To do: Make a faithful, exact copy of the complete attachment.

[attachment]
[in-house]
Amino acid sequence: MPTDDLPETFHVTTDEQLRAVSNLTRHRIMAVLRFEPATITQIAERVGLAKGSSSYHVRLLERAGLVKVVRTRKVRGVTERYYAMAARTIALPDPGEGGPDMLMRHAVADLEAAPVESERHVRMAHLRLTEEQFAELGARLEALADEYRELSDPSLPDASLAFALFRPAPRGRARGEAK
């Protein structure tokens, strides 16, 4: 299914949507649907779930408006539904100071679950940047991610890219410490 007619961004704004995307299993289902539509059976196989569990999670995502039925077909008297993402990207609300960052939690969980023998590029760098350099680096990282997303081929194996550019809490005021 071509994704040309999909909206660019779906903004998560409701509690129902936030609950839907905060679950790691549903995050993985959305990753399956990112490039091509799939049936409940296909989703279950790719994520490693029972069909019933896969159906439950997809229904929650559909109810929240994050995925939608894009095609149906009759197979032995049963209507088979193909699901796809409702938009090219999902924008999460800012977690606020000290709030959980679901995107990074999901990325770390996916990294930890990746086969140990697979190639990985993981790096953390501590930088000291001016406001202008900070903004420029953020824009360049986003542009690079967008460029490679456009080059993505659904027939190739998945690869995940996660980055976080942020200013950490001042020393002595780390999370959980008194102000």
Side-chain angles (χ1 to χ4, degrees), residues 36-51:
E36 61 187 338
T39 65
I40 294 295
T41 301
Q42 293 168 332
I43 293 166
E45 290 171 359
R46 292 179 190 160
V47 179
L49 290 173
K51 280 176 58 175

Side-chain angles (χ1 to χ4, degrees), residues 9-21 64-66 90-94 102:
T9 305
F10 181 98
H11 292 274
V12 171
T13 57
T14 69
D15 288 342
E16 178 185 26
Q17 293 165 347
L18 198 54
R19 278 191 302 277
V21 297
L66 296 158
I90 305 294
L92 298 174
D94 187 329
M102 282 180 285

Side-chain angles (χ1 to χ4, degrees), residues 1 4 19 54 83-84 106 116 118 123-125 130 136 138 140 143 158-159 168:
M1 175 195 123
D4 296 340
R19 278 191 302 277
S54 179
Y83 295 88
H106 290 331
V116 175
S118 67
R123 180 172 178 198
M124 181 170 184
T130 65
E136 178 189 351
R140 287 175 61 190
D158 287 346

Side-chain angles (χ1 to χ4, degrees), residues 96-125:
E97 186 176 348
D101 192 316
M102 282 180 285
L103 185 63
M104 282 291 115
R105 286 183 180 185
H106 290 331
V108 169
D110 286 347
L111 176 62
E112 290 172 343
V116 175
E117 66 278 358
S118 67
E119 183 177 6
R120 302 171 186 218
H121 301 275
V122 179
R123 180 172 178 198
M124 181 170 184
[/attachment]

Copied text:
[in-house]
Amino acid sequence: MPTDDLPETFHVTTDEQLRAVSNLTRHRIMAVLRFEPATITQIAERVGLAKGSSSYHVRLLERAGLVKVVRTRKVRGVTERYYAMAARTIALPDPGEGGPDMLMRHAVADLEAAPVESERHVRMAHLRLTEEQFAELGARLEALADEYRELSDPSLPDASLAFALFRPAPRGRARGEAK
């Protein structure tokens, strides 16, 4: 299914949507649907779930408006539904100071679950940047991610890219410490 007619961004704004995307299993289902539509059976196989569990999670995502039925077909008297993402990207609300960052939690969980023998590029760098350099680096990282997303081929194996550019809490005021 071509994704040309999909909206660019779906903004998560409701509690129902936030609950839907905060679950790691549903995050993985959305990753399956990112490039091509799939049936409940296909989703279950790719994520490693029972069909019933896969159906439950997809229904929650559909109810929240994050995925939608894009095609149906009759197979032995049963209507088979193909699901796809409702938009090219999902924008999460800012977690606020000290709030959980679901995107990074999901990325770390996916990294930890990746086969140990697979190639990985993981790096953390501590930088000291001016406001202008900070903004420029953020824009360049986003542009690079967008460029490679456009080059993505659904027939190739998945690869995940996660980055976080942020200013950490001042020393002595780390999370959980008194102000």
Side-chain angles (χ1 to χ4, degrees), residues 36-51:
E36 61 187 338
T39 65
I40 294 295
T41 301
Q42 293 168 332
I43 293 166
E45 290 171 359
R46 292 179 190 160
V47 179
L49 290 173
K51 280 176 58 175

Side-chain angles (χ1 to χ4, degrees), residues 9-21 64-66 90-94 102:
T9 305
F10 181 98
H11 292 274
V12 171
T13 57
T14 69
D15 288 342
E16 178 185 26
Q17 293 165 347
L18 198 54
R19 278 191 302 277
V21 297
L66 296 158
I90 305 294
L92 298 174
D94 187 329
M102 282 180 285

Side-chain angles (χ1 to χ4, degrees), residues 1 4 19 54 83-84 106 116 118 123-125 130 136 138 140 143 158-159 168:
M1 175 195 123
D4 296 340
R19 278 191 302 277
S54 179
Y83 295 88
H106 290 331
V116 175
S118 67
R123 180 172 178 198
M124 181 170 184
T130 65
E136 178 189 351
R140 287 175 61 190
D158 287 346

Side-chain angles (χ1 to χ4, degrees), residues 96-125:
E97 186 176 348
D101 192 316
M102 282 180 285
L103 185 63
M104 282 291 115
R105 286 183 180 185
H106 290 331
V108 169
D110 286 347
L111 176 62
E112 290 172 343
V116 175
E117 66 278 358
S118 67
E119 183 177 6
R120 302 171 186 218
H121 301 275
V122 179
R123 180 172 178 198
M124 181 170 184